You can’t avoid phthalates. They’re in the food you eat, the water you drink, and the clothes you wear.
Phthalates are chemicals added to plastics to make them more flexible. They are in everything from food wrappers to T-shirts. Plastic is used in so many products, that phthalates used to make it is contaminating our water and food.1
One study found that over 90% of Americans now have measurable amounts of phthalates in their urine.2
What are they doing to us?
5 Ways Phthalates Wreck Your Health
Phthalates are endocrine disruptors. That means they affect your hormones. This can lead to serious health problems:
- Birth defects. Studies have found that women with higher levels of phthalates are at greater risk of having a baby with birth defects.5
- Erectile dysfunction. A study published in the American Journal of Men’s Health found higher levels of phthalates increase the risk of erectile dysfunction.
- Metabolic syndrome. In a study of over 2,700 people, elevated concentrations of phthalates were linked to metabolic syndrome. This condition puts people at risk for heart attack, stroke, and diabetes.3
- Hot flashes. In menopausal women, high levels of phthalates were found to increase hot flashes.4
- Preterm births. Exposure to phthalates has also been linked to preterm births and fertility problems in women.6
There is also evidence linking phthalates to breast cancer, obesity, neurological problems, and asthma.7 8
Now a new study reveals what may be the number one source of phthalates for many people: eating at restaurants.
George Washington University researchers studied 10 years of data on the dining habits of over 10,000 people. They were part of the ongoing National Health and Nutrition Examination Survey run by the CDC.
They zeroed in on what food the participants had eaten in the last 24 hours. They also collected urine samples to test for phthalates.
The researchers found that people who had eaten at restaurants, cafeterias or fast food outlets the previous day had far higher levels of phthalates. Their readings were 35% higher on average than those who had eaten home-cooked food.
It was worse for children. Kids who ate a restaurant or school cafeteria had 55% more phthalates.
When the researchers drilled down to particular types of food, they found that hamburgers, cheeseburgers, and other meat sandwiches elevated phthalate levels the most…but only if consumed at a restaurant or cafeteria, not at home.9
“The association between phthalate exposure and dining out existed in all age groups, but the magnitude of the association was highest for teenagers,” said Ami Zota. She is an assistant professor of environmental and occupational health at George Washington University. She led the study.10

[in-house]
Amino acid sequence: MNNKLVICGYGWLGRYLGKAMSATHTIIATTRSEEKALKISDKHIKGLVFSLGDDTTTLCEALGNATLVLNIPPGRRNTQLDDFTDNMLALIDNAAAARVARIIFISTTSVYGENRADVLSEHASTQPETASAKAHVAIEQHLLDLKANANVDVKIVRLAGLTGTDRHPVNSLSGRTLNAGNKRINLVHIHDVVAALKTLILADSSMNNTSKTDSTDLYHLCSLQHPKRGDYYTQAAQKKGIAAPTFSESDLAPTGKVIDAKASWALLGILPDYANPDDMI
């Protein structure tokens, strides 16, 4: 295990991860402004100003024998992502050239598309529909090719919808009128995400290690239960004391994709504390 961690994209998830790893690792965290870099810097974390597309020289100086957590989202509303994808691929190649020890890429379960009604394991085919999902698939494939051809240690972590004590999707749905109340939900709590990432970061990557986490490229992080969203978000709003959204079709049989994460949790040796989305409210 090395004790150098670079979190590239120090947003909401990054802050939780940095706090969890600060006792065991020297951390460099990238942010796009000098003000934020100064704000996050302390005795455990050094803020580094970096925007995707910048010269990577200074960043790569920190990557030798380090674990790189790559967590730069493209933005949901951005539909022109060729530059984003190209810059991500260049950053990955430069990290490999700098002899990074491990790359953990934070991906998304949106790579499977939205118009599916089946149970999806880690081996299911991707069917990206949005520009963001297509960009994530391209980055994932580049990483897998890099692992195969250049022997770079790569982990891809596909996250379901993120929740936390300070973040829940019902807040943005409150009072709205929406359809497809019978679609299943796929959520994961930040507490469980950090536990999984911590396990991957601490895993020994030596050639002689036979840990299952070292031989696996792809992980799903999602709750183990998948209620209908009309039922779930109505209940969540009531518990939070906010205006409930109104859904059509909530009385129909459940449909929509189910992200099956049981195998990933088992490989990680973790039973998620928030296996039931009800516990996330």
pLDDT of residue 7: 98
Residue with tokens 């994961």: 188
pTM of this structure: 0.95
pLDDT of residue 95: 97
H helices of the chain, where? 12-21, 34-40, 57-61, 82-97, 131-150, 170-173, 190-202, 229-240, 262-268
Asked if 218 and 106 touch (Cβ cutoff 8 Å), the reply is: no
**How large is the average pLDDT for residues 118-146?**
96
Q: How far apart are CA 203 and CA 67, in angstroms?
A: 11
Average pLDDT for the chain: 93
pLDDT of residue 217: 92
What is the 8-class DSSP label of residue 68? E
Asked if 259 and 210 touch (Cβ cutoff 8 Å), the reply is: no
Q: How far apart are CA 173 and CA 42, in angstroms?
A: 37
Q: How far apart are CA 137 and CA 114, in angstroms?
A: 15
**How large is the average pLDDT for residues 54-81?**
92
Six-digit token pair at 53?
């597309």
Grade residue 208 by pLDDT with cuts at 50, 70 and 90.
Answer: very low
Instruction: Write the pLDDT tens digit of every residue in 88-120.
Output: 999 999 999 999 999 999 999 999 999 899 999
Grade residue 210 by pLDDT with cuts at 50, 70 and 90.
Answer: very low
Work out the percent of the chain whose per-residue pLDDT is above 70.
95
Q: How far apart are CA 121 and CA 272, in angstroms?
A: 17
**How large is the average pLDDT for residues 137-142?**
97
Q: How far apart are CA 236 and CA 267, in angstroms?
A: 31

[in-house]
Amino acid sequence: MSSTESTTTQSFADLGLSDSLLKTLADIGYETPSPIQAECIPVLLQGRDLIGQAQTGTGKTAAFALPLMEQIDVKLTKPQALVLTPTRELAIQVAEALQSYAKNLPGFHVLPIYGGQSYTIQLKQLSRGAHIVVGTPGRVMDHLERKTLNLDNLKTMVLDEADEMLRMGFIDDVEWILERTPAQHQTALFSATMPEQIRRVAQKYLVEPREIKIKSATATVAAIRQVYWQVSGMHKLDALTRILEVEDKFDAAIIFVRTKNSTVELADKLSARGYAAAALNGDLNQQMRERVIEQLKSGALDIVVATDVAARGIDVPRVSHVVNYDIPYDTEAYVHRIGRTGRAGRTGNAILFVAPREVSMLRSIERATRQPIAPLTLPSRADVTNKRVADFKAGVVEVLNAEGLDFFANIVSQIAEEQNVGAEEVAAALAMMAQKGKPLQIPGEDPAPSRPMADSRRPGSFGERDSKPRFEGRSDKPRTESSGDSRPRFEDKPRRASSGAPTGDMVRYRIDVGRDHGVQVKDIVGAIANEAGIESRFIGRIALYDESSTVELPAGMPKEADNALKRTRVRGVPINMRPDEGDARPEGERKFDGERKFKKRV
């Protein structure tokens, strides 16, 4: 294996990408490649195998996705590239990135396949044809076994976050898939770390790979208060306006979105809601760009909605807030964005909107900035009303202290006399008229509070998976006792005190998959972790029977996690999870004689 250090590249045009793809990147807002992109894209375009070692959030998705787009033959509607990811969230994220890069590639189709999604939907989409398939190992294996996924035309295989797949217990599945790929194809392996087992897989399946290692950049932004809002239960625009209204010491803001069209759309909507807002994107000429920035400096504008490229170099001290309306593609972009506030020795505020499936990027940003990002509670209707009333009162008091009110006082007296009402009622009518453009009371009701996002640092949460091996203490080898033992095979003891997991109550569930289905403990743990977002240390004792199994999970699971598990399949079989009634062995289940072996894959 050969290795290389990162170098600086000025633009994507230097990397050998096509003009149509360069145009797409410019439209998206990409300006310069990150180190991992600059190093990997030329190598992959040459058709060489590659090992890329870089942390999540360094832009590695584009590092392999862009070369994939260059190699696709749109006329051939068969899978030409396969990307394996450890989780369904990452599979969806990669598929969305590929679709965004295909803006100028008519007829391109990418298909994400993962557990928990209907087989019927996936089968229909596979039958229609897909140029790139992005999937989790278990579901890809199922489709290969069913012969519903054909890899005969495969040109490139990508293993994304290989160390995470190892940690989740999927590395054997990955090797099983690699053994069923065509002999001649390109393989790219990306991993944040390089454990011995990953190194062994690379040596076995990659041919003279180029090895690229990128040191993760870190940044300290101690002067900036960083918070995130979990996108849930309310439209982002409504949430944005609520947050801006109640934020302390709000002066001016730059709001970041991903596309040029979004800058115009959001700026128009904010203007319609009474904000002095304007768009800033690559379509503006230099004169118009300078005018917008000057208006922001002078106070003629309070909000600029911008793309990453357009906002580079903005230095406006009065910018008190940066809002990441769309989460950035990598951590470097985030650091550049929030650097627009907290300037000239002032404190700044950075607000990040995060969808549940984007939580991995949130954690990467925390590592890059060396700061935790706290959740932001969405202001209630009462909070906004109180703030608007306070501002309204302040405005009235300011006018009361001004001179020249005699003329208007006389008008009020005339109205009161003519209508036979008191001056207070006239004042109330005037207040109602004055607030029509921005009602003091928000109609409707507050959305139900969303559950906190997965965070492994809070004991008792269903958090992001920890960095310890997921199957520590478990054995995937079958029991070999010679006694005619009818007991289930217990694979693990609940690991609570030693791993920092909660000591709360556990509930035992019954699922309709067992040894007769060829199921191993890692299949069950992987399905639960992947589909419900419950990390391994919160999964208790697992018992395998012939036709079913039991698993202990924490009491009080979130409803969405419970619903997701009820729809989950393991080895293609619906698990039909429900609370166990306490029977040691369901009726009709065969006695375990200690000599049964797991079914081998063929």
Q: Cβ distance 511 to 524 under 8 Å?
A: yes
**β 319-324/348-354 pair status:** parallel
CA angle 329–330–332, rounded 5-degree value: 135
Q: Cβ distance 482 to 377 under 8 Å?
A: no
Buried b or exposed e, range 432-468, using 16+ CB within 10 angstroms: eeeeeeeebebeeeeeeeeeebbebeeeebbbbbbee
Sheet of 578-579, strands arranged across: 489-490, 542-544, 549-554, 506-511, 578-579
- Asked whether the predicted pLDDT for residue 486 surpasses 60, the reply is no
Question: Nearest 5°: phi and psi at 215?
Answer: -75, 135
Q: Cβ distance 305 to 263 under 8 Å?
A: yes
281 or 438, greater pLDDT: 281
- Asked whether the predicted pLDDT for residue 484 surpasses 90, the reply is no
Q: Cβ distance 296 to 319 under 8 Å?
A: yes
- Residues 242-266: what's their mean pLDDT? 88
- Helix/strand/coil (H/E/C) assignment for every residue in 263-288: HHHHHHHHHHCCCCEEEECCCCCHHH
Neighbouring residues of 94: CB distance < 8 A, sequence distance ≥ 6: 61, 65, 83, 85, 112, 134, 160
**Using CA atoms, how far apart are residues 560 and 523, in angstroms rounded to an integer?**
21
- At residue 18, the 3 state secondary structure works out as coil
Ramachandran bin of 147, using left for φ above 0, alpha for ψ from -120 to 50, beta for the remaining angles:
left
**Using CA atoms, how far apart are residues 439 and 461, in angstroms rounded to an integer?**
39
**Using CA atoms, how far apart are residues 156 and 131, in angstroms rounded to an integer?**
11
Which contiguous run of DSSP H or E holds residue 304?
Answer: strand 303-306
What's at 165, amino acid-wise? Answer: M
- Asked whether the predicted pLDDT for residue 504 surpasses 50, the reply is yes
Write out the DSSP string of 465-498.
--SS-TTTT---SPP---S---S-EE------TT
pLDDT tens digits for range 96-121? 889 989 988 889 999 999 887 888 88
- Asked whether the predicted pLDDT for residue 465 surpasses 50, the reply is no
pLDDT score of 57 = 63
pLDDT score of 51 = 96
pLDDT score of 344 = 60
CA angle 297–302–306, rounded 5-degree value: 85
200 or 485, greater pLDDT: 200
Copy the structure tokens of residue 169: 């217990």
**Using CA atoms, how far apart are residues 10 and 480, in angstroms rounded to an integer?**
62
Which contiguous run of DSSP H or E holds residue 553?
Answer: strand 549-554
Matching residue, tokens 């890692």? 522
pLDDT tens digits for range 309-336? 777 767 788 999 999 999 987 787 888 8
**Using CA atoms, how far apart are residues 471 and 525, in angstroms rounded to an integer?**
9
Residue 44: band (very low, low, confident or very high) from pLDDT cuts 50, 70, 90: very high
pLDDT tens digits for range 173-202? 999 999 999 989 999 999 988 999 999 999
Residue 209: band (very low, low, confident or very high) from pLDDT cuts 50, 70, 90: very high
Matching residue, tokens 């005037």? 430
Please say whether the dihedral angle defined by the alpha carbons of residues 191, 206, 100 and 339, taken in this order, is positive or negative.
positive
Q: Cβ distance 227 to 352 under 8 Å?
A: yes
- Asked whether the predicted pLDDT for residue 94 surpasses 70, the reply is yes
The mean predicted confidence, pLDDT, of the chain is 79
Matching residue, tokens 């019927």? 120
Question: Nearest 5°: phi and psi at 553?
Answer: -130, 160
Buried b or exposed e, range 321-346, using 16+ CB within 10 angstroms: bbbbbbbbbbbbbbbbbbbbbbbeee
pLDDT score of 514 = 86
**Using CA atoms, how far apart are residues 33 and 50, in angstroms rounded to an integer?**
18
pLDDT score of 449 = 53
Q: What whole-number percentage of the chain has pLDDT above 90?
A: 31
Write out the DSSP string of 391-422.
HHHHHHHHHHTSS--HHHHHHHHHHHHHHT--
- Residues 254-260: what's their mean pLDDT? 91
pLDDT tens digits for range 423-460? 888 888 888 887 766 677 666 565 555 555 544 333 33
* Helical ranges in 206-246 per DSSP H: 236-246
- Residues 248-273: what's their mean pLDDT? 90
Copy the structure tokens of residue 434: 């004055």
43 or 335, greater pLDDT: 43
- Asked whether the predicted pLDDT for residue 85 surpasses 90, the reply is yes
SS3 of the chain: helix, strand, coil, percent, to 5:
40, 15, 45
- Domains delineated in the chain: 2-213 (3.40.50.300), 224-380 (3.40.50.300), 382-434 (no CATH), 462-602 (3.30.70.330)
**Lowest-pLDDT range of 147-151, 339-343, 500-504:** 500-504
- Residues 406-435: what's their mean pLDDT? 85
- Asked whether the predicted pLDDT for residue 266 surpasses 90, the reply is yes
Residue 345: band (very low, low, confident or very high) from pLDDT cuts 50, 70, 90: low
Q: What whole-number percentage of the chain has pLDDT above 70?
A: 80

Why are restaurant foods higher in phthalates? It’s because they come in contact with more plastic, Professor Zota said.
Restaurant foods are often handled with workers wearing plastic gloves, they are prepared with plastic utensils, and they are often stored in plastic wrap before serving. Fast food wrappers that contain phthalates leach some of the chemical into the food.
Meats, cheeses, and other high-fat foods are most vulnerable. That’s because fat absorbs phthalates, Professor Zota said.
5 Ways to Avoid Phthalates at Restaurants
Here’s how you can minimize your exposure to phthalates while eating out:
- Don’t keep food in wrappers for long periods. Never reheat foods in plastic wrapping.
- Avoid drinking from plastic glasses. If you are served a beverage in a plastic glass, ask if you can get a real glass.
- Order organic produce, meats, and dairy. Phthalates are used in pesticides. And they are in sewage sludge used as fertilizer on conventional farms. Organic foods have not been exposed to pesticides and other chemicals.11
- Avoid plastic plates and utensils. And never put food directly on a cafeteria tray.
- Dump fast food. It is loaded with phthalates…both the food and the packaging.
Protect Yourself From Phthalates at Home
Restaurants aren’t the only place where phthalates are a danger. You should also try to lower your exposure at home by:
Keeping it cool. Never use plastic containers to heat food in the microwave. And never put plastic wrapped foods in the microwave.
Avoiding buying plastic-packaged foods and drinks. The packaging leaches phthalates into the product.12
Storing it right. Don’t store foods in plastic or plastic wrap for long periods. Use glass containers or foil instead.
Buying organic. As explained above, organic foods are lower in phthalates.
One more thing…
Get a water filter. Studies have shown that phthalates have contaminated our water systems. They can be removed from tap water with filtration systems. Even a basic water filtration device—a water pitcher or twist-on filter for your faucet—will get rid of them. Also, don’t use plastic water bottles. Switch to stainless containers.13